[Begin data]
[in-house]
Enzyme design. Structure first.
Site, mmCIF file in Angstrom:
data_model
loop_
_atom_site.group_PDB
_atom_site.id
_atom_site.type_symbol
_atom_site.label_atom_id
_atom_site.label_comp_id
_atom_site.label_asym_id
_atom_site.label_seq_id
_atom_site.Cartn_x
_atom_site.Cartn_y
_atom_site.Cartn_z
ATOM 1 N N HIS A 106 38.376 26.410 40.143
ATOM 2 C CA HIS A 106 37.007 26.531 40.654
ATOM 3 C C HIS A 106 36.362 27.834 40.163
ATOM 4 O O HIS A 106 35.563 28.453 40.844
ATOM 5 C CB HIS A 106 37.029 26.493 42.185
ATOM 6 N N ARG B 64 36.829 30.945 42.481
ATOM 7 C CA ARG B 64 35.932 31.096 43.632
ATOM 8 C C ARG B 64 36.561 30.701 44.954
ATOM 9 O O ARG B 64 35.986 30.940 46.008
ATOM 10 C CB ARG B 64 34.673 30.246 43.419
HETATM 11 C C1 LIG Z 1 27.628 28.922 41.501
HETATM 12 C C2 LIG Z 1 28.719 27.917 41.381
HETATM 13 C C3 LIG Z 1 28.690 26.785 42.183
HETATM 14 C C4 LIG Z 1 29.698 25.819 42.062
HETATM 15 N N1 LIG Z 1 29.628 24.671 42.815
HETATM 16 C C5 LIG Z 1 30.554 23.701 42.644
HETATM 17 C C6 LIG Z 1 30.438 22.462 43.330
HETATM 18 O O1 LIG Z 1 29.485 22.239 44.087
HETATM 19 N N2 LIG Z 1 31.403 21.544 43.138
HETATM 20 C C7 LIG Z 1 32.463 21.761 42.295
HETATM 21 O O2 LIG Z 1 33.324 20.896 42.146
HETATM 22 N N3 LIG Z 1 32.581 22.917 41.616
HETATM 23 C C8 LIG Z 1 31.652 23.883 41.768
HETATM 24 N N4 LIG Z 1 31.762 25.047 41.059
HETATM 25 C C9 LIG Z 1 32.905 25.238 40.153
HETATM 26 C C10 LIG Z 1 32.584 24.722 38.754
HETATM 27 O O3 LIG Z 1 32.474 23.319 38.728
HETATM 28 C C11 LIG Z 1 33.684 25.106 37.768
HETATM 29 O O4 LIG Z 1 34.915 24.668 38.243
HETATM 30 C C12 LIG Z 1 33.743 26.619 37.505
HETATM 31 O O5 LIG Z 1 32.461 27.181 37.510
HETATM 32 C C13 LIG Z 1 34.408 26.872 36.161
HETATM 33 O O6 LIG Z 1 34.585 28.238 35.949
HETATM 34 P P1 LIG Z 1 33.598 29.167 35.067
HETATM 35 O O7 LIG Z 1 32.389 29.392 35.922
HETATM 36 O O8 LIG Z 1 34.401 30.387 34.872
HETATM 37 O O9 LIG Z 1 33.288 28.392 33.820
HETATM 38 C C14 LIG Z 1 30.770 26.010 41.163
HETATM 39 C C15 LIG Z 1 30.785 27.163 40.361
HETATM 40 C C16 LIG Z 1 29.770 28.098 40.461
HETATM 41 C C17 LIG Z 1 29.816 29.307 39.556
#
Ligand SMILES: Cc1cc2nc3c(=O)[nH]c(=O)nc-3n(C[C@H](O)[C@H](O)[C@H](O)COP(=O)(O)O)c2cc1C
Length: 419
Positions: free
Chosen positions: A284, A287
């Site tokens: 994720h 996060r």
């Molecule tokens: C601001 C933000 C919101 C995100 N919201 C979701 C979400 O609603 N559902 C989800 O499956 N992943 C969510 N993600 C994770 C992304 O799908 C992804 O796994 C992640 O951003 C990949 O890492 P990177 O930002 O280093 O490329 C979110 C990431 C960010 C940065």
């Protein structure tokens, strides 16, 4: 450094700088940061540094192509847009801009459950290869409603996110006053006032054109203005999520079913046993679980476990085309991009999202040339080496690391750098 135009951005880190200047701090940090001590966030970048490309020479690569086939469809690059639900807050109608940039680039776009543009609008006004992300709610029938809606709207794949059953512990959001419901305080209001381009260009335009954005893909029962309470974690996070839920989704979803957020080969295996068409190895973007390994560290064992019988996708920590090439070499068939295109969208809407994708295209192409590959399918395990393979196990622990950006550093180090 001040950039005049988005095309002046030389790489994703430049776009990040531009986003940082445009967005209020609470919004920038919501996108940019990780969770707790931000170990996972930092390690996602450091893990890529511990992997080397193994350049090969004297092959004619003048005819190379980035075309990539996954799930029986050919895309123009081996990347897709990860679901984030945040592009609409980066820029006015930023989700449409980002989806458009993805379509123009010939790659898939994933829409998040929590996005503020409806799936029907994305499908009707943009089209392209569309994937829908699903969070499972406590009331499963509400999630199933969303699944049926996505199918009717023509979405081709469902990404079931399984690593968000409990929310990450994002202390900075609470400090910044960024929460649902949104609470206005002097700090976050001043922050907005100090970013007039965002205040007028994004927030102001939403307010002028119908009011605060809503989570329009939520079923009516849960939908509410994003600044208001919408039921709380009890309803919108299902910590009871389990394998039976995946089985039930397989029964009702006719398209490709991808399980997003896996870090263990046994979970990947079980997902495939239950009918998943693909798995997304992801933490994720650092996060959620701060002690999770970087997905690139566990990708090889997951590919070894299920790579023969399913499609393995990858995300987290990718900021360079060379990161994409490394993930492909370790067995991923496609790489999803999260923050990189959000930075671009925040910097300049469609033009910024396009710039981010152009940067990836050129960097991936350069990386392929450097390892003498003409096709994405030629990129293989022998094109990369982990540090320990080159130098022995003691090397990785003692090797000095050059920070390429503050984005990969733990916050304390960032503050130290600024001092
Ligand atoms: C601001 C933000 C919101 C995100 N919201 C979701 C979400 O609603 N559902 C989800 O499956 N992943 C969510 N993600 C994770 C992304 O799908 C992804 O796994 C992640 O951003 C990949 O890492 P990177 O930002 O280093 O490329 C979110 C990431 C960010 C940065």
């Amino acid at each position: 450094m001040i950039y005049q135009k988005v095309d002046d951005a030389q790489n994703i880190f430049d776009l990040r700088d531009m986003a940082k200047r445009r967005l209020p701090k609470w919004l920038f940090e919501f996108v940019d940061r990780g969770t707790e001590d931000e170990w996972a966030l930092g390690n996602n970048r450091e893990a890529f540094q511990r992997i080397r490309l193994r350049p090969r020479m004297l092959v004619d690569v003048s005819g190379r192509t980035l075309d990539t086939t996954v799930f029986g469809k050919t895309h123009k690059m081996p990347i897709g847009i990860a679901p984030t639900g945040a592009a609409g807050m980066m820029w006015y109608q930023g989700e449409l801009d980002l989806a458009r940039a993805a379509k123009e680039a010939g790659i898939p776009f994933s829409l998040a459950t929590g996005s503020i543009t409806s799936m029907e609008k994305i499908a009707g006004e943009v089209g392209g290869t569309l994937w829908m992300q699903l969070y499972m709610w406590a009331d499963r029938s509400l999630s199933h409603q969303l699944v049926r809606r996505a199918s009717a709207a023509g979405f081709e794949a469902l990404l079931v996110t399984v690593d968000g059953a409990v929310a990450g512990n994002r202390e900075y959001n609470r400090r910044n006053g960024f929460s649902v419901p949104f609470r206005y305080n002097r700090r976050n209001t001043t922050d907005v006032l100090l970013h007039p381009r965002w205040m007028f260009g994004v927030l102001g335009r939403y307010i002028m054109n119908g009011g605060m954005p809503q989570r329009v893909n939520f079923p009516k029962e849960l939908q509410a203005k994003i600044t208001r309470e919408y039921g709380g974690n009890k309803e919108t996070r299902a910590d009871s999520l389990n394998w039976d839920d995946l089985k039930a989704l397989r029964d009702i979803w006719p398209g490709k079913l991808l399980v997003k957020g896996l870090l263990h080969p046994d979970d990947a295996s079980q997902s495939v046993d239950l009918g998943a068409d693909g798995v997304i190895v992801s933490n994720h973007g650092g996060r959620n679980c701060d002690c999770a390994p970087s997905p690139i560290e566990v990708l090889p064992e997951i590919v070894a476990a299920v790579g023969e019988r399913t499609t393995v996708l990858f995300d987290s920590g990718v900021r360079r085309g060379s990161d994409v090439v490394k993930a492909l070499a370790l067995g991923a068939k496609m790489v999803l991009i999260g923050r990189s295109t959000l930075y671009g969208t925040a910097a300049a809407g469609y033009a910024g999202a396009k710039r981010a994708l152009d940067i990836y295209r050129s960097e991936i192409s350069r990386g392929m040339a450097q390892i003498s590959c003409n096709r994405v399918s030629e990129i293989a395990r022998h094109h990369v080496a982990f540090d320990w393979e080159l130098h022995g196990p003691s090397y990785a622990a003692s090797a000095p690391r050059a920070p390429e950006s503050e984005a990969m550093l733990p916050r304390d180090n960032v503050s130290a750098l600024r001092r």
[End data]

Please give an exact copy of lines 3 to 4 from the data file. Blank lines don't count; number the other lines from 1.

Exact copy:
Site, mmCIF file in Angstrom:
data_model